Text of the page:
This ultimate isolation of characters shows them lost in their own thoughts, most expressions being downcasted and away from each other. Similarly, the depicted space in which they share is not regarded as a particularly central or large area, however, to enhance this common disregard of surroundings between pedestrians Caillebotte has exaggerated the width of roads and heights of buildings to further distance the figures.

This balanced and choreographed scene uses layouts and framing to further depict social contexts. Despite being guided by his own impression, Caillebotte constructed a stage for his characters using a two-point perspective from the central line of the building on the right, the sidewalk, and the intersection of streets and additionally divided the plane into quadrants through the poison line and central lamppost. The wide-angled view of the intersection, with the initial focus of viewers leading to the couple in the foreground, gives it a rather fish-eyed view, enhancing the perceived size of the space and crafting a rather dramatic overview of the actual location.

Alongside perspective, Caillebotte similarly uses color to create a perception of depth. As one travels further back into the scene the colors become more saturated and the details of people and buildings become increasingly unclear. The size of the figures similar becomes much smaller at a more rapid pace than in a realist painting, accentuating this distance, however, despite being labeled as an impressionist painting, Caillebotte’s reliance on line creates the illusion of reality.

He also dampers the mood of the scene through a setting that is presumably a cold winter's afternoon, with grey lighting shining through the cloud-filled sky, highlighting the puddles and wet pavement from the rainfall. Most impressionist paintings of the era seemed rather incomplete and had a more hasty view of the world, however, Caillebotte’s attention to detail in order to encapsulate the absolute mundaneness he felt towards the modernization of Paris sets this work apart from others.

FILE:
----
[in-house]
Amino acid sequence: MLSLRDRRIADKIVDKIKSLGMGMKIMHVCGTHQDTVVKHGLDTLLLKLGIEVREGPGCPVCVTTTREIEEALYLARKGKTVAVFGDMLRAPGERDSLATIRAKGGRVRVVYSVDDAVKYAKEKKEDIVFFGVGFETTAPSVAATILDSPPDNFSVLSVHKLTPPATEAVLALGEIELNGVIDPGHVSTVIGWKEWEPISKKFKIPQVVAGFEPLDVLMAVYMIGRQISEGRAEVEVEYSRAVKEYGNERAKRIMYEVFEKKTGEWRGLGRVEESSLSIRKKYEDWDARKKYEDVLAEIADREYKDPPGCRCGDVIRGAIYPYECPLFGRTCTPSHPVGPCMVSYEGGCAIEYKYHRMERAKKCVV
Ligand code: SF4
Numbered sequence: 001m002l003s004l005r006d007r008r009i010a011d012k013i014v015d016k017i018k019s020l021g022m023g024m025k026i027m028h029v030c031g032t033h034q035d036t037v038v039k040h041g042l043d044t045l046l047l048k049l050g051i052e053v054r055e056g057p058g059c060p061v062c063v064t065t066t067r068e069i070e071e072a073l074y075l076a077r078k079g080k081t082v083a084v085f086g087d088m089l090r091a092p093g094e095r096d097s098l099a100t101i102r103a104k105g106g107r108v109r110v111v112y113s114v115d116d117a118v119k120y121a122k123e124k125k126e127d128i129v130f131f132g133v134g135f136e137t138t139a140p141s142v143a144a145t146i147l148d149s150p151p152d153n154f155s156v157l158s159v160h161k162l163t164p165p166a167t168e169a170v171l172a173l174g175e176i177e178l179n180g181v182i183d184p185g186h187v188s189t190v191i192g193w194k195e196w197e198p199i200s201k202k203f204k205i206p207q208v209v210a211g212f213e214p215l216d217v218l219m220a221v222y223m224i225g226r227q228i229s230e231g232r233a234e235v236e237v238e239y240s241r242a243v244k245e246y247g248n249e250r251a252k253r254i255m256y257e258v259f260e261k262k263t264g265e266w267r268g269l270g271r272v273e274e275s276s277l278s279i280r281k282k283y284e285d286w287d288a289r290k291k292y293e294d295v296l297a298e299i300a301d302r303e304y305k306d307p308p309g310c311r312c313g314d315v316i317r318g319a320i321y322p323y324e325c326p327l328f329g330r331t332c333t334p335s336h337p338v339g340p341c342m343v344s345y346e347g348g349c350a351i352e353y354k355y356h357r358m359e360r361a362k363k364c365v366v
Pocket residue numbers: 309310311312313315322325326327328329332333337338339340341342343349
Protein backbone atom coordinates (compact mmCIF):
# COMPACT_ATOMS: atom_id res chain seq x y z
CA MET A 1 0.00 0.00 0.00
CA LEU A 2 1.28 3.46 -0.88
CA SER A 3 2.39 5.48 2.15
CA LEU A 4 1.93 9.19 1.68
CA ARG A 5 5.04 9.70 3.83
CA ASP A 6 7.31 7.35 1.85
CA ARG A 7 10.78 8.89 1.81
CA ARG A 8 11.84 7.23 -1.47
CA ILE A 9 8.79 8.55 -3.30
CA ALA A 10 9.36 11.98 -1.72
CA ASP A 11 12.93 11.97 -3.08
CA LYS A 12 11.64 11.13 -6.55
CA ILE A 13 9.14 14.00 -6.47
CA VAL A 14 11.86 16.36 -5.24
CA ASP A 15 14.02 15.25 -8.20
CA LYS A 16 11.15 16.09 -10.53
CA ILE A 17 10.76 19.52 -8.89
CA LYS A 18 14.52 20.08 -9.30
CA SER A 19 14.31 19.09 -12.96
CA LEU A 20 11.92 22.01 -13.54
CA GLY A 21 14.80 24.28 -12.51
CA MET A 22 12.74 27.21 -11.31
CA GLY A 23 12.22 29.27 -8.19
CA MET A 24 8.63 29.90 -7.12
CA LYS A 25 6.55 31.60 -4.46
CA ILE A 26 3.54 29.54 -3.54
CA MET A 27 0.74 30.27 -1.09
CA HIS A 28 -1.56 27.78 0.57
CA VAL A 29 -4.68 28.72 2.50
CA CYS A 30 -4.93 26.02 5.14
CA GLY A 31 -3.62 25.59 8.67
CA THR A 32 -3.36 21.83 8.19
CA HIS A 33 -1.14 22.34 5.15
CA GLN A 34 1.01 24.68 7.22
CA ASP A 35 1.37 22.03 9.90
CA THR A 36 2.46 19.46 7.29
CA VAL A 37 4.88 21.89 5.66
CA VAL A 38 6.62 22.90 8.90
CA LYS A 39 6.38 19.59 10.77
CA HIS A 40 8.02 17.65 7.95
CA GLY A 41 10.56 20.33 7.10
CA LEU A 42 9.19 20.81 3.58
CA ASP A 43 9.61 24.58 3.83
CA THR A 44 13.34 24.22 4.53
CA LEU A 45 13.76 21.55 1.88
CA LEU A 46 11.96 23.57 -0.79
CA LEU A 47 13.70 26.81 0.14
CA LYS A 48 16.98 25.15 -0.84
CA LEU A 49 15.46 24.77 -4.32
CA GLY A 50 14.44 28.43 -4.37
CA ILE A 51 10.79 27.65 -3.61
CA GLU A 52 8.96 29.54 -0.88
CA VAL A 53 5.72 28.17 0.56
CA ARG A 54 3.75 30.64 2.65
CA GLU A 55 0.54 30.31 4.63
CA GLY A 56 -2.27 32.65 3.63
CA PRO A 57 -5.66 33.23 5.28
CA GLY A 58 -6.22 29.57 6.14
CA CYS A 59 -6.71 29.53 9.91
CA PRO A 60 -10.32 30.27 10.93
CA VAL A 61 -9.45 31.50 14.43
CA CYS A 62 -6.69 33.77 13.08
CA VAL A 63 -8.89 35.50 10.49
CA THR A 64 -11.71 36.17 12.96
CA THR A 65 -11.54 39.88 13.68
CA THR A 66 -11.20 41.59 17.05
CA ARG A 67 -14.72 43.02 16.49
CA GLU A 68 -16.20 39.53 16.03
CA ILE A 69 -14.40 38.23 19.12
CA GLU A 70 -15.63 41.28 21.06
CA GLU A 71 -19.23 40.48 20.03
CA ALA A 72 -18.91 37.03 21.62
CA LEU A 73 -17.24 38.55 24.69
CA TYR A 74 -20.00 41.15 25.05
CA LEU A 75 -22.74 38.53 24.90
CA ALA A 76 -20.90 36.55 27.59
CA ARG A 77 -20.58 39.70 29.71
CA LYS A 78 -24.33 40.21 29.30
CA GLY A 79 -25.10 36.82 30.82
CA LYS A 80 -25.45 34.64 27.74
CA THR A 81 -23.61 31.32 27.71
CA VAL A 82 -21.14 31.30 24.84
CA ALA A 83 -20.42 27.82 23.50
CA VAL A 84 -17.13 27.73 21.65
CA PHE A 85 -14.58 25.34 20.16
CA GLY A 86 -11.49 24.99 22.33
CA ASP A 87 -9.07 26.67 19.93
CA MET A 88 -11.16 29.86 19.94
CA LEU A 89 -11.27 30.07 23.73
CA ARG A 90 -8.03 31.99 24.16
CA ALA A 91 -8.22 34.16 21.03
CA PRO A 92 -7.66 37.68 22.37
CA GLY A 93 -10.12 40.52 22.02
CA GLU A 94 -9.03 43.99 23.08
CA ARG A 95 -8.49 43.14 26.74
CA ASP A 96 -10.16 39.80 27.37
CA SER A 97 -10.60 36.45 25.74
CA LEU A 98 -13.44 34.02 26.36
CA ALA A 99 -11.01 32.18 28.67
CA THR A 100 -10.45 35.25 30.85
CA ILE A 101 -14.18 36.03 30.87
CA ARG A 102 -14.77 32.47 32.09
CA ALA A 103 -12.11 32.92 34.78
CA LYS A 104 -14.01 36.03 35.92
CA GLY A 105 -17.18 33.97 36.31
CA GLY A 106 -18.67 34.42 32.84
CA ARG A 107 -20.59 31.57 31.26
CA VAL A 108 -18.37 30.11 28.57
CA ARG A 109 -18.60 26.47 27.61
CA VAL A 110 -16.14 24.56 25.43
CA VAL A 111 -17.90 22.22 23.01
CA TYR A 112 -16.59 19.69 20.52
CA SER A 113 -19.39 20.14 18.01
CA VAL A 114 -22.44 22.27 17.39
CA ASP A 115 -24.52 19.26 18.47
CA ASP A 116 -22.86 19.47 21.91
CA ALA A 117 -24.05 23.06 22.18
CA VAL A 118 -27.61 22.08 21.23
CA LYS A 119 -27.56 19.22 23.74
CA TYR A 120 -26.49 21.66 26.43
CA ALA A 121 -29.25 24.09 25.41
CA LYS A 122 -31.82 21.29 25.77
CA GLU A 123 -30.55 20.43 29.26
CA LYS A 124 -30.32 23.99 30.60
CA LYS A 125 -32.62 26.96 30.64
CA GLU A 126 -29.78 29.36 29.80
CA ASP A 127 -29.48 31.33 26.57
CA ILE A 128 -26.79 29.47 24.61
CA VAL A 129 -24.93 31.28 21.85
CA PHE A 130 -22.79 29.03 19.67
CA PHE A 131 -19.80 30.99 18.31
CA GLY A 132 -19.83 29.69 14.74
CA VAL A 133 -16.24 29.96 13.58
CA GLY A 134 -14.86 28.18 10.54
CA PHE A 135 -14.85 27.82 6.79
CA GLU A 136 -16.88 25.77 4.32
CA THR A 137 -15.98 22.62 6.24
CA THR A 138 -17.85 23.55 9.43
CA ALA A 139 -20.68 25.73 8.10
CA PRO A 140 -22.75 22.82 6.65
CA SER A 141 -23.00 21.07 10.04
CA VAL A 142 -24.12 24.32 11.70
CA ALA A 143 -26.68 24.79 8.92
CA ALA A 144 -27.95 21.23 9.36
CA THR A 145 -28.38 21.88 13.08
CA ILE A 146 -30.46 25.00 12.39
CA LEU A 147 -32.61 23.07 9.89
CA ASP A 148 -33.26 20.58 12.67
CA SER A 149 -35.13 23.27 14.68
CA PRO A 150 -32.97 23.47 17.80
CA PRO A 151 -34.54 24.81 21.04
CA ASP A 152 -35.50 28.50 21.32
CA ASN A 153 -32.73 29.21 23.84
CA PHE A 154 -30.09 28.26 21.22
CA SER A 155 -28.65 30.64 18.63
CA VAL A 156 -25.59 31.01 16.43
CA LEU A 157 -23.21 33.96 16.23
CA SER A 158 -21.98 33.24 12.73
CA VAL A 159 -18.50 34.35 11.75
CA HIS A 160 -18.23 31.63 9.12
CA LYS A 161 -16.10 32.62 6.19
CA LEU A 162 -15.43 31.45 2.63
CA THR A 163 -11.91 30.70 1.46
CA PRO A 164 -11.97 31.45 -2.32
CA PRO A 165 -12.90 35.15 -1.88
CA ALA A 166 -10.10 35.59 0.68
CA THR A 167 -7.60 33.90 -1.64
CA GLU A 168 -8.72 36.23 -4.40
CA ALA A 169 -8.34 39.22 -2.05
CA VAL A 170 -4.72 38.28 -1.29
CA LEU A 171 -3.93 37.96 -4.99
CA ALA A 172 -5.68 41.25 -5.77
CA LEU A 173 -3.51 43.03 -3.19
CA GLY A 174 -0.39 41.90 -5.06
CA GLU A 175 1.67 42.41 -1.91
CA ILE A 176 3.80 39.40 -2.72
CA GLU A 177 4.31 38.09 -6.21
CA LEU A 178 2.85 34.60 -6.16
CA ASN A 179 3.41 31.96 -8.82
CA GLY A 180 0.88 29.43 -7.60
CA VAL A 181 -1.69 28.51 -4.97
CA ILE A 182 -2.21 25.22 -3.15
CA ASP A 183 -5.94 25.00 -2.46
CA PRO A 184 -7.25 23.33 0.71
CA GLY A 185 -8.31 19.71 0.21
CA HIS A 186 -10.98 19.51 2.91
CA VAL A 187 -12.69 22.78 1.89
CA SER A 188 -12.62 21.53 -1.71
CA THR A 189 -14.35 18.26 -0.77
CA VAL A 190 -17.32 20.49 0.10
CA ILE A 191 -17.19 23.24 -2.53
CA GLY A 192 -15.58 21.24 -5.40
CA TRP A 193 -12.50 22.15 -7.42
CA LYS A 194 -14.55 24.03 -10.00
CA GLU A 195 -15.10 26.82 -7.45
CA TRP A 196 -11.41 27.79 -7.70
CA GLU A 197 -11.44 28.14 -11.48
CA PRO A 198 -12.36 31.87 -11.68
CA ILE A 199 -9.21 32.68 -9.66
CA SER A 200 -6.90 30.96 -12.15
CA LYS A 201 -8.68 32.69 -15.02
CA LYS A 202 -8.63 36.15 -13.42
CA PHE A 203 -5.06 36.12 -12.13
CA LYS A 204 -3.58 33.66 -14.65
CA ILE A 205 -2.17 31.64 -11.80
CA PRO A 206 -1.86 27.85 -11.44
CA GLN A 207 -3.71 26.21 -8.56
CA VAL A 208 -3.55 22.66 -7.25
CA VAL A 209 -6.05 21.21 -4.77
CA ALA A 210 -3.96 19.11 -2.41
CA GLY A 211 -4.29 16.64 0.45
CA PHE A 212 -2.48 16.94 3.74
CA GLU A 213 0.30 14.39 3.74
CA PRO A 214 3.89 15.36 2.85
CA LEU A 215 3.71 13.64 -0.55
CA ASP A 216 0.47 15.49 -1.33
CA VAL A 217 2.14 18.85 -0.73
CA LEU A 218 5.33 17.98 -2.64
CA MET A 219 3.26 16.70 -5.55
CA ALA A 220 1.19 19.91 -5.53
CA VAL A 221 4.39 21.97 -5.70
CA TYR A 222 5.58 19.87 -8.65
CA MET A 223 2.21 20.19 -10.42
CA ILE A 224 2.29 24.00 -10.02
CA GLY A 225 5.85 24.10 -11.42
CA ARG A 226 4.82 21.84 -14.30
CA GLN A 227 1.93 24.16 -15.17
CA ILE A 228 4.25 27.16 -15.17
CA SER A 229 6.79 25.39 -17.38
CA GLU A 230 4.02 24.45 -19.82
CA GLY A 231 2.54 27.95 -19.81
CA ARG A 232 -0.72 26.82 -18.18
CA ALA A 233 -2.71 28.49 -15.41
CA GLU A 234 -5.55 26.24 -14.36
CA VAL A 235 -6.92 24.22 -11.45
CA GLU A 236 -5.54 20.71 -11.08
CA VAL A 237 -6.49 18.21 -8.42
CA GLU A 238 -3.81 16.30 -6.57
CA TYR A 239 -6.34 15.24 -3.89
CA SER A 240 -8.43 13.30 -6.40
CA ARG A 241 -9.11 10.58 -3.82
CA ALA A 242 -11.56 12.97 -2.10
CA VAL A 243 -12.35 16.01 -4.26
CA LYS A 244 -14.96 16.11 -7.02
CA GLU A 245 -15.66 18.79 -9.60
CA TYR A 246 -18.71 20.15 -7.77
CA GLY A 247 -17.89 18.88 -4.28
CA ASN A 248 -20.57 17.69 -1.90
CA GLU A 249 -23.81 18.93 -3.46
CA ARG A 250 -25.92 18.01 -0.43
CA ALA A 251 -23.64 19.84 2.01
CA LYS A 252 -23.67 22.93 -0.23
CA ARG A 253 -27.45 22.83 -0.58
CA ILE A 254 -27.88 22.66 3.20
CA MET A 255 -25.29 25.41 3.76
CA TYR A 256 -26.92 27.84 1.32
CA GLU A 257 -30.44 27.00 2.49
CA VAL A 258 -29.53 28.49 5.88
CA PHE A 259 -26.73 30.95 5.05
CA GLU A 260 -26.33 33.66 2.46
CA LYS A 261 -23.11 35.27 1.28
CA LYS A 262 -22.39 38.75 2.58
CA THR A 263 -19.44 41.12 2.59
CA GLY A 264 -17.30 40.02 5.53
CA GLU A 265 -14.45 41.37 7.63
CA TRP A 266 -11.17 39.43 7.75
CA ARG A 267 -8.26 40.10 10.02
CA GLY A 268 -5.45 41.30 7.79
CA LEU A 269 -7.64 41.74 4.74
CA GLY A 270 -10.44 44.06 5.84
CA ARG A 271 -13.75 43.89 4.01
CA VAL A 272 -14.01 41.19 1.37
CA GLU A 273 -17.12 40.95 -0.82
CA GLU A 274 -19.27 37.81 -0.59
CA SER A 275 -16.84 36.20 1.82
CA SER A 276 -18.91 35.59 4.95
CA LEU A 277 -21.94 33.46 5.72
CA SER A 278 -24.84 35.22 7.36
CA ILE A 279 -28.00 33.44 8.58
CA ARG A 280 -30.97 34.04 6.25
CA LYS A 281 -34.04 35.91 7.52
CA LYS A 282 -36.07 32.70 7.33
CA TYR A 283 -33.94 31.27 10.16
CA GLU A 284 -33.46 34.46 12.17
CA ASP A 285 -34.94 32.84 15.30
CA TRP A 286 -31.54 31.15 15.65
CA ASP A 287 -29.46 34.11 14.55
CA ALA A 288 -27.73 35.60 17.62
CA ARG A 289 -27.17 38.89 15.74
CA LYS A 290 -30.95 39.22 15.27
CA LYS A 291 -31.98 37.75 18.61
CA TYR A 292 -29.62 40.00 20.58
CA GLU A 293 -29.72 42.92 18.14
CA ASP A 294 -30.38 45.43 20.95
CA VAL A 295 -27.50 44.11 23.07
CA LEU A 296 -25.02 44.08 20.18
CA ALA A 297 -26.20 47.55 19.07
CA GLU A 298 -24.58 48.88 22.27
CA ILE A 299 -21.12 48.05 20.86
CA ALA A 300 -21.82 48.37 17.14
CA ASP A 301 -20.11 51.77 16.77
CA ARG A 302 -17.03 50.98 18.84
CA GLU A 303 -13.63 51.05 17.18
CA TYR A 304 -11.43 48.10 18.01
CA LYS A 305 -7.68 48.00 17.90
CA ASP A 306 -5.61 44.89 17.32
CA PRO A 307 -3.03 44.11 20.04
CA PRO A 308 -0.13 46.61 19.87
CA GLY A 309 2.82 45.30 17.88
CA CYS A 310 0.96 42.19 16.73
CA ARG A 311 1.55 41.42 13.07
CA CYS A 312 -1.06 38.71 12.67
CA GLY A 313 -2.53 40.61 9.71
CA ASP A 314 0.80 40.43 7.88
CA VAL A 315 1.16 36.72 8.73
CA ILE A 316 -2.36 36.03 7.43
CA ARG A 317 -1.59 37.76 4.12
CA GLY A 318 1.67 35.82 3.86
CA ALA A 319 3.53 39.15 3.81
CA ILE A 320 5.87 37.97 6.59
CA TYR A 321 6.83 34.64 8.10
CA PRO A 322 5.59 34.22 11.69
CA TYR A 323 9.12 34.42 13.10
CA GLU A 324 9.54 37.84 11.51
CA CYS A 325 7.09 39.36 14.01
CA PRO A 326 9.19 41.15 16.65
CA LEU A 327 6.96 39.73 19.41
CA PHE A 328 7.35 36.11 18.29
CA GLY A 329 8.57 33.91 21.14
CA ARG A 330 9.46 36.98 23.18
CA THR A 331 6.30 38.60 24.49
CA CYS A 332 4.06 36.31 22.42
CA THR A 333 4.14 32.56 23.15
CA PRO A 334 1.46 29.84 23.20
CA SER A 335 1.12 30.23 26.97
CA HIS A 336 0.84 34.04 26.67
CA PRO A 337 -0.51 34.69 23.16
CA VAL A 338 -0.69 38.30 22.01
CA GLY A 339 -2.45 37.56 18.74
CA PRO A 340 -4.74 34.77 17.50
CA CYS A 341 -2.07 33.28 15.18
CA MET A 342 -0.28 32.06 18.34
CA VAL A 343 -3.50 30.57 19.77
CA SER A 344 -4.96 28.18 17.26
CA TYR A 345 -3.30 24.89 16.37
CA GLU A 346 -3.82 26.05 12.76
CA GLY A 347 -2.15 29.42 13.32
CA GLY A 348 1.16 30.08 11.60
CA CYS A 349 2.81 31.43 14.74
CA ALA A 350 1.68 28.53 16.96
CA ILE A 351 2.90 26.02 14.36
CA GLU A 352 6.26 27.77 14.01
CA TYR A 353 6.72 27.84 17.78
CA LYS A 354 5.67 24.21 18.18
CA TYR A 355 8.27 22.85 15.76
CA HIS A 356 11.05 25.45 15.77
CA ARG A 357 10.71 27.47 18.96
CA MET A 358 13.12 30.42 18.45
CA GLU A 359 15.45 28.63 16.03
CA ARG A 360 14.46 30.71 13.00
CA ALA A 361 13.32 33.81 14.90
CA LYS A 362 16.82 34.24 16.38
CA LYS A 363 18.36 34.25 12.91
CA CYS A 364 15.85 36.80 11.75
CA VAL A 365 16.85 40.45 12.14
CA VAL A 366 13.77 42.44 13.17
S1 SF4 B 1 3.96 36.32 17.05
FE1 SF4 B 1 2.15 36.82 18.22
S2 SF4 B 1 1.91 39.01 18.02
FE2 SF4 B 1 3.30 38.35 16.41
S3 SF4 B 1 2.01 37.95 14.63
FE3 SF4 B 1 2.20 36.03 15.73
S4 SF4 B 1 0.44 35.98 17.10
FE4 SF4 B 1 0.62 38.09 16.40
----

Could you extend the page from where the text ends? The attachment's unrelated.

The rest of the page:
In regard to the painting techniques present in the piece, Caillebotte’s use of delicate brushstrokes, intensive lines, and contours as well as completed forms is not seen as a typical impressionist style painting when contrasted to works like Monet, in which soft, broken brushstrokes are used. His attention to detail, such as the stylization of the cobblestone streets, completed with broad and exaggerated strokes of deep colors to create a flowing geometric pattern throughout the piece is recognized as modern stylization. Caillebotte’s take on impressionism was his interest in showing his depiction of the world as he saw it rather than creating a fantasy, which is showcased through this realism within his technique. Ultimately, this makes his understanding of the moods and facial expressions of his created characters calculated and persuasive.